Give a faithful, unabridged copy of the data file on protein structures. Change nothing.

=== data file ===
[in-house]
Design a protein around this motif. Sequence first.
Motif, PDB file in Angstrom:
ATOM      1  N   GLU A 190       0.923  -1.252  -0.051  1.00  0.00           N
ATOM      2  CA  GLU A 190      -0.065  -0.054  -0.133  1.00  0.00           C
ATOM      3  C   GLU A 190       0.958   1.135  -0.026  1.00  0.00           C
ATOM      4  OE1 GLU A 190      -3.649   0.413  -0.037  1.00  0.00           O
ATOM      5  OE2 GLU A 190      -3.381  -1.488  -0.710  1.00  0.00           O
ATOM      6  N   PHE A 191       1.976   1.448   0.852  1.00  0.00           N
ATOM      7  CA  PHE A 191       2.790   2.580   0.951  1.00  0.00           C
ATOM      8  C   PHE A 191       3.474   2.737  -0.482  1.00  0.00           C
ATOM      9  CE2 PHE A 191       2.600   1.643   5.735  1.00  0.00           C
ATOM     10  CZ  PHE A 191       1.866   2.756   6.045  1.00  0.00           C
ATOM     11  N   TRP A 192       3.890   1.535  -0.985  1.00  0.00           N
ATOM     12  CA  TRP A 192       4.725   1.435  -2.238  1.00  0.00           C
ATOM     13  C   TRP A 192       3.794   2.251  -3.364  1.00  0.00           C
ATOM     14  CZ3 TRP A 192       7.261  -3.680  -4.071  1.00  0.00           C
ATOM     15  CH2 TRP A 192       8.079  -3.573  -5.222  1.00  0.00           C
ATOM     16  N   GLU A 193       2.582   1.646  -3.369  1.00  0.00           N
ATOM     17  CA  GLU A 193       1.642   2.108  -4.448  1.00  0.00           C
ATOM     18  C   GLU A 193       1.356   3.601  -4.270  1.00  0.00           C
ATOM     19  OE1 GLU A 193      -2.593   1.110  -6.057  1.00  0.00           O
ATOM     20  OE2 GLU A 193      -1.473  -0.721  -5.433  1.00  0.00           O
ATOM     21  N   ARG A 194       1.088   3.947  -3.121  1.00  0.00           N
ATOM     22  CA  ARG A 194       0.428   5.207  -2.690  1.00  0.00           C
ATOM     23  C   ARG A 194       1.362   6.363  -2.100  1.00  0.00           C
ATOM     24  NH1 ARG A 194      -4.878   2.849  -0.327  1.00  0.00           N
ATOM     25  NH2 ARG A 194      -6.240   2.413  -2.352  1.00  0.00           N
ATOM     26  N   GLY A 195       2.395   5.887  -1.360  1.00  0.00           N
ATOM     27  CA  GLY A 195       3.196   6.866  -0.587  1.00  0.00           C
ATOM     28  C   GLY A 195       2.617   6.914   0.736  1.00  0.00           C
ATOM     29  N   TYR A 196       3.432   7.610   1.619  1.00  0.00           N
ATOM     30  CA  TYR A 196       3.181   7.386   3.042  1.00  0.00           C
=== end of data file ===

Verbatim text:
[in-house]
Design a protein around this motif. Sequence first.
Motif, PDB file in Angstrom:
ATOM      1  N   GLU A 190       0.923  -1.252  -0.051  1.00  0.00           N
ATOM      2  CA  GLU A 190      -0.065  -0.054  -0.133  1.00  0.00           C
ATOM      3  C   GLU A 190       0.958   1.135  -0.026  1.00  0.00           C
ATOM      4  OE1 GLU A 190      -3.649   0.413  -0.037  1.00  0.00           O
ATOM      5  OE2 GLU A 190      -3.381  -1.488  -0.710  1.00  0.00           O
ATOM      6  N   PHE A 191       1.976   1.448   0.852  1.00  0.00           N
ATOM      7  CA  PHE A 191       2.790   2.580   0.951  1.00  0.00           C
ATOM      8  C   PHE A 191       3.474   2.737  -0.482  1.00  0.00           C
ATOM      9  CE2 PHE A 191       2.600   1.643   5.735  1.00  0.00           C
ATOM     10  CZ  PHE A 191       1.866   2.756   6.045  1.00  0.00           C
ATOM     11  N   TRP A 192       3.890   1.535  -0.985  1.00  0.00           N
ATOM     12  CA  TRP A 192       4.725   1.435  -2.238  1.00  0.00           C
ATOM     13  C   TRP A 192       3.794   2.251  -3.364  1.00  0.00           C
ATOM     14  CZ3 TRP A 192       7.261  -3.680  -4.071  1.00  0.00           C
ATOM     15  CH2 TRP A 192       8.079  -3.573  -5.222  1.00  0.00           C
ATOM     16  N   GLU A 193       2.582   1.646  -3.369  1.00  0.00           N
ATOM     17  CA  GLU A 193       1.642   2.108  -4.448  1.00  0.00           C
ATOM     18  C   GLU A 193       1.356   3.601  -4.270  1.00  0.00           C
ATOM     19  OE1 GLU A 193      -2.593   1.110  -6.057  1.00  0.00           O
ATOM     20  OE2 GLU A 193      -1.473  -0.721  -5.433  1.00  0.00           O
ATOM     21  N   ARG A 194       1.088   3.947  -3.121  1.00  0.00           N
ATOM     22  CA  ARG A 194       0.428   5.207  -2.690  1.00  0.00           C
ATOM     23  C   ARG A 194       1.362   6.363  -2.100  1.00  0.00           C
ATOM     24  NH1 ARG A 194      -4.878   2.849  -0.327  1.00  0.00           N
ATOM     25  NH2 ARG A 194      -6.240   2.413  -2.352  1.00  0.00           N
ATOM     26  N   GLY A 195       2.395   5.887  -1.360  1.00  0.00           N
ATOM     27  CA  GLY A 195       3.196   6.866  -0.587  1.00  0.00           C
ATOM     28  C   GLY A 195       2.617   6.914   0.736  1.00  0.00           C
ATOM     29  N   TYR A 196       3.432   7.610   1.619  1.00  0.00           N
ATOM     30  CA  TYR A 196       3.181   7.386   3.042  1.00  0.00           C